He consolidated his reputation as a leading historian of Islamic mysticism or Sufism with the publication of his PhD thesis: A Sufi Saint of the Twentieth Century: Shaikh Ahmad al-’Alawi (1961). This definitive and highly sympathetic account of an important modern Muslim mystic has appeared in numerous editions and translations (French, Spanish, Persian, Urdu and Arabic, among others). It was immediately reviewed by the great Cambridge professor of Islamic studies, A. J. Arberry, who highlighted the “important original contributions to knowledge” made by Lings, adding: “I know of no more lucid and convincing interpretation of Ibn Arabi’s much debated ‘pantheistic’ philosophy.”

Lings’s own world view reflected his combined interests in comparative religion and spiritual traditions worldwide as interpreted by Frithjof Schuon, the well-known exponent of the Traditionalist School and advocate of that universal wisdom known as the sophia perennis. In a number of his publications — such as Ancient Beliefs and Modern Superstitions (1964); The Eleventh Hour: The Spiritual Crisis of the Modern World in the Light of Tradition and Prophecy (1989); and Symbol and Archetype: A Study of the Meaning of Existence (1991) — Lings closely followed the thought of Schuon, whom he adopted as a Sufi master. Lings himself later assumed the position of sheikh or spiritual guide of one branch of the Shadhiliyya Sufi order.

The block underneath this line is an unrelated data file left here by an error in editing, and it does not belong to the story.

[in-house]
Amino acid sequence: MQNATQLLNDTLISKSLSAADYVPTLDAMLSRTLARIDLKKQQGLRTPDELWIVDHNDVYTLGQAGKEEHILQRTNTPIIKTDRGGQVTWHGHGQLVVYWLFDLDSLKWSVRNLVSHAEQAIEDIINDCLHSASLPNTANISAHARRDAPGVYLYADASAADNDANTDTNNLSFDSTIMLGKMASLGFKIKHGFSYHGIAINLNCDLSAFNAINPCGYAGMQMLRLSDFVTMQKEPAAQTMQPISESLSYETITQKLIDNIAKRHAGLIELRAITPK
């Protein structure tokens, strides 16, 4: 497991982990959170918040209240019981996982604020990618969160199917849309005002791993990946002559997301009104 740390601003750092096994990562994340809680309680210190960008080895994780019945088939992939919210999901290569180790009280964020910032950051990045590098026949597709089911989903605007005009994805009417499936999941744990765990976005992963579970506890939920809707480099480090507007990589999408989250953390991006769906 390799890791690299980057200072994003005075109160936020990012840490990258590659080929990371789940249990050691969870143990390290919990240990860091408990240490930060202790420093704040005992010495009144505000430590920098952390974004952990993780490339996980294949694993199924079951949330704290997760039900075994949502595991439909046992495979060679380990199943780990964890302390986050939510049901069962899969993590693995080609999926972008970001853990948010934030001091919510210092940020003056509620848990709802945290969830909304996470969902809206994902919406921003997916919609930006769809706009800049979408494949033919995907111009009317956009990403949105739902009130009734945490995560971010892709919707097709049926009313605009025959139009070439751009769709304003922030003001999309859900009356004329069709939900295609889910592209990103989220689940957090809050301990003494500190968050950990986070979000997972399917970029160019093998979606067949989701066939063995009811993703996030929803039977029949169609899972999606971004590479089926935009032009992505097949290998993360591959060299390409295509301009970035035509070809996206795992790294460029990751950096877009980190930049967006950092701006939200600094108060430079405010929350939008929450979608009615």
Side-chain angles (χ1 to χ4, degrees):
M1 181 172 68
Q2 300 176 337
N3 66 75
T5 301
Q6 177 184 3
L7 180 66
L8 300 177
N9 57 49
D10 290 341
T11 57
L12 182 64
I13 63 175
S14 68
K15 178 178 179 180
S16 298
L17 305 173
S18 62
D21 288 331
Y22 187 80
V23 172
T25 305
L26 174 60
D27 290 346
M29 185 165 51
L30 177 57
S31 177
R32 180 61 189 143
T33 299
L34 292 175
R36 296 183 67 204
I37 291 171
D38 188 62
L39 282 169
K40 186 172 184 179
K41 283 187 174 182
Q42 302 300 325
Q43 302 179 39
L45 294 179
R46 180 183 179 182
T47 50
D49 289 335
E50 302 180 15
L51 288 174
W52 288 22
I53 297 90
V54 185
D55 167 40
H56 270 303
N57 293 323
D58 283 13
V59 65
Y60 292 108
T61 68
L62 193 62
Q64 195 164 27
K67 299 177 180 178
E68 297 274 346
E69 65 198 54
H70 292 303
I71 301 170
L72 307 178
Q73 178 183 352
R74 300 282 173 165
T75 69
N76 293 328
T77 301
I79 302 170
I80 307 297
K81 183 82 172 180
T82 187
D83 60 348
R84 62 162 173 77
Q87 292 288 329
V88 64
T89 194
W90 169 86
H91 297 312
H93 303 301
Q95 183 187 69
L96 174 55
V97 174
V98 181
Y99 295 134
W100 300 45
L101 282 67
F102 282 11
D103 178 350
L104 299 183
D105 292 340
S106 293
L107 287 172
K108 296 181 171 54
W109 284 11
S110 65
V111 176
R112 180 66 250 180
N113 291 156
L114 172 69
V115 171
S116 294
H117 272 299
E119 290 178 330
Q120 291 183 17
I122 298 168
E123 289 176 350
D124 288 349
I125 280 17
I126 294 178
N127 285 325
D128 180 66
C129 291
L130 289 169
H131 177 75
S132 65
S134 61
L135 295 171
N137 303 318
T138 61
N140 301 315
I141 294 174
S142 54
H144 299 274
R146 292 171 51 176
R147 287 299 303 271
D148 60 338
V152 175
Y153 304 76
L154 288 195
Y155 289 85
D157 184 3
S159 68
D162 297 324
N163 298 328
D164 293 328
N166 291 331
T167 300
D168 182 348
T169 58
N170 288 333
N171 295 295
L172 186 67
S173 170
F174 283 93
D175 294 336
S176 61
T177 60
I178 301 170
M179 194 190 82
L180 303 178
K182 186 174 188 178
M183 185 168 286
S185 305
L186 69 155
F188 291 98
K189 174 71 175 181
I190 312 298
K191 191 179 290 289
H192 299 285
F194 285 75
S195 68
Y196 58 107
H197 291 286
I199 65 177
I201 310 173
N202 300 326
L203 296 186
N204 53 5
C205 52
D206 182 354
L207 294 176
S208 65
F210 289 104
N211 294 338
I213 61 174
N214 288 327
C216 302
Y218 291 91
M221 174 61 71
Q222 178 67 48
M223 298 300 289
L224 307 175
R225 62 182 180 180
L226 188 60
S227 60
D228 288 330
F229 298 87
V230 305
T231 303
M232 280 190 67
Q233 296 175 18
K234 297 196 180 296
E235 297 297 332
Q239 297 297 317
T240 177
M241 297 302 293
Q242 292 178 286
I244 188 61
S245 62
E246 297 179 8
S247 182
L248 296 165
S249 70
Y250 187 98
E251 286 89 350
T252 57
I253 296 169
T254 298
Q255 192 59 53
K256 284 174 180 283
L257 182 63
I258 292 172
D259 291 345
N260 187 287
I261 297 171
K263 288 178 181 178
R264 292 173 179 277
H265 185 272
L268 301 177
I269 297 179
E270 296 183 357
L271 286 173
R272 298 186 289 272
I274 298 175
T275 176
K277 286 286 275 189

That Lings’s breadth of learning in Islamic studies was indeed worthy of comparison with any of the other great scholars of his generation — figures such as Louis Massignon, R. A. Nicholson, Henry Corbin and Annemarie Schimmel — was confirmed beyond all doubt by the publication of his classic biography: Muhammad: His Life Based on the Earliest Sources (1983). Written from the perspective of a scholar-historian who was also a practising Muslim, this work is widely recognised as the most readable account of the life of the Prophet to date. It has been translated into more than ten languages and won a number of prizes in the Muslim world. (Lings received an award from President Mubarak of Egypt for the work in 1990.) One reviewer of the book, Professor Hamid Dabashi, of Columbia, University, referred to the “alchemy” of the text: “In reading Lings’s Muhammad, we detect an alchemical effect in his narration and composition which so evenly combines scholarly accuracy with poetic passion. Lings is a scholar poet.” Another reviewer, Asma Afsaruddin, of Harvard University, underlined the “gift for narration wedded to impeccable scholarship” that Lings displays in the work.